The Hero School gives students the resources and training they need to use green building to combat environmental degradation and challenges within their communities. Students learn to identify problems in their community and address them by repurposing waste to build dry compost latrines, water tanks, and stove filtration systems for under-resourced households.
According to 2009 census data, of 41,520 residents in San Juan Comalapa, Guatemala: only 7% of children attend secondary school; 0% of residents have appropriate waste management solutions; and, 14% report full-time employment with benefits. The cycle of poverty is hard to break when burning garbage or throwing it into the local ravine leads to poor health outcomes and from there to low school attendance and few employment options.
The Hero School at CETC is a unique program implemented in grades 7-11 that engages students in a project-based learning that improves critical thinking and problem-solving skills in a way that also teaches them to be active participants in their communities. Through the process of identifying families in need, designing and budgeting for a household infrastructure project, and then building the project, our students learn skills for employability, improve the quality of life for their community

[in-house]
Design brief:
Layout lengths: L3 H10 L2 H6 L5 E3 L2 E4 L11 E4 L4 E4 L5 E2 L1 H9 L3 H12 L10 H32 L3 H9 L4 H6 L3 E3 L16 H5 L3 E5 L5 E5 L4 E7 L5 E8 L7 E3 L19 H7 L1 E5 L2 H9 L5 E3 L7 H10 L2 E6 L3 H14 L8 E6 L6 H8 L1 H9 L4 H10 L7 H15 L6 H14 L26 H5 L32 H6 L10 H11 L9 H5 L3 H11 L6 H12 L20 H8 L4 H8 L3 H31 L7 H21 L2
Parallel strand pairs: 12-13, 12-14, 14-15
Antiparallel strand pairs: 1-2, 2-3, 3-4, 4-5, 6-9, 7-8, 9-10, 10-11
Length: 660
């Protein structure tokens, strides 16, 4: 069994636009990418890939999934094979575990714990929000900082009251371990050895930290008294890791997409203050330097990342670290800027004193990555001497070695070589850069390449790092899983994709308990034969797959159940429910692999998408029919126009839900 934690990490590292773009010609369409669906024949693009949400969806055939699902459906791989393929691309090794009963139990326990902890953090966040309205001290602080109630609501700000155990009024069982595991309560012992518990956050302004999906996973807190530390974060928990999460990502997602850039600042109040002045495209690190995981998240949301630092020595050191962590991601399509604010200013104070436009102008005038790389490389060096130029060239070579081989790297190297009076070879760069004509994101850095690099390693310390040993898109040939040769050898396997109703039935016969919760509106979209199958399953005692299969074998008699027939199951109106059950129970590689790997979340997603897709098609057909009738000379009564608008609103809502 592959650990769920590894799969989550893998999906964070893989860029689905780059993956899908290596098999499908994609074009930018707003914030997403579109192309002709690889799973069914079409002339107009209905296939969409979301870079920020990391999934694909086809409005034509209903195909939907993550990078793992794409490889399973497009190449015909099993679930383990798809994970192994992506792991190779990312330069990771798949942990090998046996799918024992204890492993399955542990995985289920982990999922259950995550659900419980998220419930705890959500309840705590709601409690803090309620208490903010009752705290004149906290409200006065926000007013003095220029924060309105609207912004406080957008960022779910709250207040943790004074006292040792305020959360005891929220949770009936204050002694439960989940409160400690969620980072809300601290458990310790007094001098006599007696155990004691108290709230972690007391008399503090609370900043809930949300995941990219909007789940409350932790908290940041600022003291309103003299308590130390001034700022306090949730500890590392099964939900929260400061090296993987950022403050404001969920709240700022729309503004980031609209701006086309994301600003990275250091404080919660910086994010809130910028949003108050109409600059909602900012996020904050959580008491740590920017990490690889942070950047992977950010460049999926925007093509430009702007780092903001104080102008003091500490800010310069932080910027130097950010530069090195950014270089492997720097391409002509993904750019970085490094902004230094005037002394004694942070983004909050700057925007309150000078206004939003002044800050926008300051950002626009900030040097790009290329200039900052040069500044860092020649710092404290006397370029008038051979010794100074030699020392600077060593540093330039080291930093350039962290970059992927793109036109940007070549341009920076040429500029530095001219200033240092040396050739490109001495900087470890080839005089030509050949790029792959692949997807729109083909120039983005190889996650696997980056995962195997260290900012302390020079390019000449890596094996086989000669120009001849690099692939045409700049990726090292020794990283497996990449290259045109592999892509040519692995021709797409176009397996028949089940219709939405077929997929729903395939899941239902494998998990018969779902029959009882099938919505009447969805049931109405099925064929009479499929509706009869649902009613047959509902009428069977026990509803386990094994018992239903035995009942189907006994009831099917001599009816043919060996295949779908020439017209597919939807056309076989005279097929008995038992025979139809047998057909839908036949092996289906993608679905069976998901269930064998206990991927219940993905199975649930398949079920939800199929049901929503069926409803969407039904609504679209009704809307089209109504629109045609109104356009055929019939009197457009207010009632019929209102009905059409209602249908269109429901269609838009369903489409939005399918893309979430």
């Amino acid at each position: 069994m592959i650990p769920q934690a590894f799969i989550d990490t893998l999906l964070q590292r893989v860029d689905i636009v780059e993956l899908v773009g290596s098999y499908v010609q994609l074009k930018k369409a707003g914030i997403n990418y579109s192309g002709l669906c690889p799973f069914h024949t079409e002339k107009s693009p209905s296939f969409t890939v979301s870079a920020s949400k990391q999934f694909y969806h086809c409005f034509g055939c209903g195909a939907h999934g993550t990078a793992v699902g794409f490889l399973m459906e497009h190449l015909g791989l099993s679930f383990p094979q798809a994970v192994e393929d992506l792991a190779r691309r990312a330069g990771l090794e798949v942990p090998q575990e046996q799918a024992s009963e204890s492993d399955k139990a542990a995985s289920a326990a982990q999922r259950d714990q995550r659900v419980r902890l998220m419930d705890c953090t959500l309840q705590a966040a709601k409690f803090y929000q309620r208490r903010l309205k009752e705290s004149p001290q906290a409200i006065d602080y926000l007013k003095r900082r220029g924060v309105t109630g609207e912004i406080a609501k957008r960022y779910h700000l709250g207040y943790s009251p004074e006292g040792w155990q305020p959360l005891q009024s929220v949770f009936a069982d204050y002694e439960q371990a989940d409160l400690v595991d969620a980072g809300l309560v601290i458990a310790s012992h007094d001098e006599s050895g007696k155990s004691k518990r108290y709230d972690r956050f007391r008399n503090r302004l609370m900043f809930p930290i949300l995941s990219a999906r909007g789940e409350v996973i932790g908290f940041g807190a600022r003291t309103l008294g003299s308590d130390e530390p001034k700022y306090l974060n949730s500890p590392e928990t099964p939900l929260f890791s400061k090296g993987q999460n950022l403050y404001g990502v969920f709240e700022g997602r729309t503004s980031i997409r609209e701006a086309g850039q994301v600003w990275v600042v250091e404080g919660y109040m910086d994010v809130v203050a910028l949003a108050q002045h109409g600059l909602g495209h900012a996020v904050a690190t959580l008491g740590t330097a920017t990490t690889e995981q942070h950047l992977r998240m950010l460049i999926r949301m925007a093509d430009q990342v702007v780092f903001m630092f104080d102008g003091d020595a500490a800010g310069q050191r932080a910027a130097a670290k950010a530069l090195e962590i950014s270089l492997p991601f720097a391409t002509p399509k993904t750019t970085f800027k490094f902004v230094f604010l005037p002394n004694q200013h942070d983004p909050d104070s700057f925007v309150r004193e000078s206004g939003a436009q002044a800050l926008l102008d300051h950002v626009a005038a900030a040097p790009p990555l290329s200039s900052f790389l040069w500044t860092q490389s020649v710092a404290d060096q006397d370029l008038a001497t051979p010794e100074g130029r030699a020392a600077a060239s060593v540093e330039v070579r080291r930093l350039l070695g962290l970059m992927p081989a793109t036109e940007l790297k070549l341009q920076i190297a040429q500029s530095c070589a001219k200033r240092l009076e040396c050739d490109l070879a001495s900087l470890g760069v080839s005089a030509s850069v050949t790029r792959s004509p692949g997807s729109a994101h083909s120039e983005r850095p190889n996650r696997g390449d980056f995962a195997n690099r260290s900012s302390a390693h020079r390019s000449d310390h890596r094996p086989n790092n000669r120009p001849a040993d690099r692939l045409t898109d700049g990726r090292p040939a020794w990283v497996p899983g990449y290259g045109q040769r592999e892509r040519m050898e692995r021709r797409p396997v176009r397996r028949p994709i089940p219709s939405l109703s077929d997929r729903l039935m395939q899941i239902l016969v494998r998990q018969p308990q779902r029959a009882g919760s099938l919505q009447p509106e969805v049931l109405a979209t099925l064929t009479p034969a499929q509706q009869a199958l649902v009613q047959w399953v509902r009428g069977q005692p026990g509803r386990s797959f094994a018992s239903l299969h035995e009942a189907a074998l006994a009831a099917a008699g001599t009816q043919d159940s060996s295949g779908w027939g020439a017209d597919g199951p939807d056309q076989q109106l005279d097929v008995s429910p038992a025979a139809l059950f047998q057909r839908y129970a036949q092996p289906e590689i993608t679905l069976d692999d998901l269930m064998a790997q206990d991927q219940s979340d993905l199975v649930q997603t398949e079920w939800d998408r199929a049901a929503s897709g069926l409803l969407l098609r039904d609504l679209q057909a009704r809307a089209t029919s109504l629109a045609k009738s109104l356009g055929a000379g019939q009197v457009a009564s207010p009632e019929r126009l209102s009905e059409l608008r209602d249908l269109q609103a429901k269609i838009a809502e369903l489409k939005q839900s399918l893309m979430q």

In Comalapa, 64% of the population live in poverty and 27% live in extreme poverty. Water sources are contaminated with waste and many families lack proper smoke filtrating stoves, causing gastrointestinal and respiratory issues. Comprehensive solutions to these problems are few/expensive. Green building implemented through the classroom is an affordable way to address all of these concerns and one that gives students the opportunity to be active community participants and entrepreneurial change